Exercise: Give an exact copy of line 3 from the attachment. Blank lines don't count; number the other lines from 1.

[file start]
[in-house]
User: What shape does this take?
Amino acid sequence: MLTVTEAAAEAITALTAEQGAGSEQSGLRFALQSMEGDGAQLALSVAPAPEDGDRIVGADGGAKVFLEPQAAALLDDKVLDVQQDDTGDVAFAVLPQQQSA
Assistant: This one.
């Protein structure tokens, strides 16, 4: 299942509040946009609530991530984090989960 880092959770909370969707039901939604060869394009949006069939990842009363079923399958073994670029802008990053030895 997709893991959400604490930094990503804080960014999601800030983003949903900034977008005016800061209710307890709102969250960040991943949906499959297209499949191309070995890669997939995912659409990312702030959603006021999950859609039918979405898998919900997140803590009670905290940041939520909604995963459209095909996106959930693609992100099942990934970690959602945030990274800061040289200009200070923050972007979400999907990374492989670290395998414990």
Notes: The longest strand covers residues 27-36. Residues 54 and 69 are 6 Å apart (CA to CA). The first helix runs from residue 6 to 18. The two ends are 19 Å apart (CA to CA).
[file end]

Amino acid sequence: MLTVTEAAAEAITALTAEQGAGSEQSGLRFALQSMEGDGAQLALSVAPAPEDGDRIVGADGGAKVFLEPQAAALLDDKVLDVQQDDTGDVAFAVLPQQQSA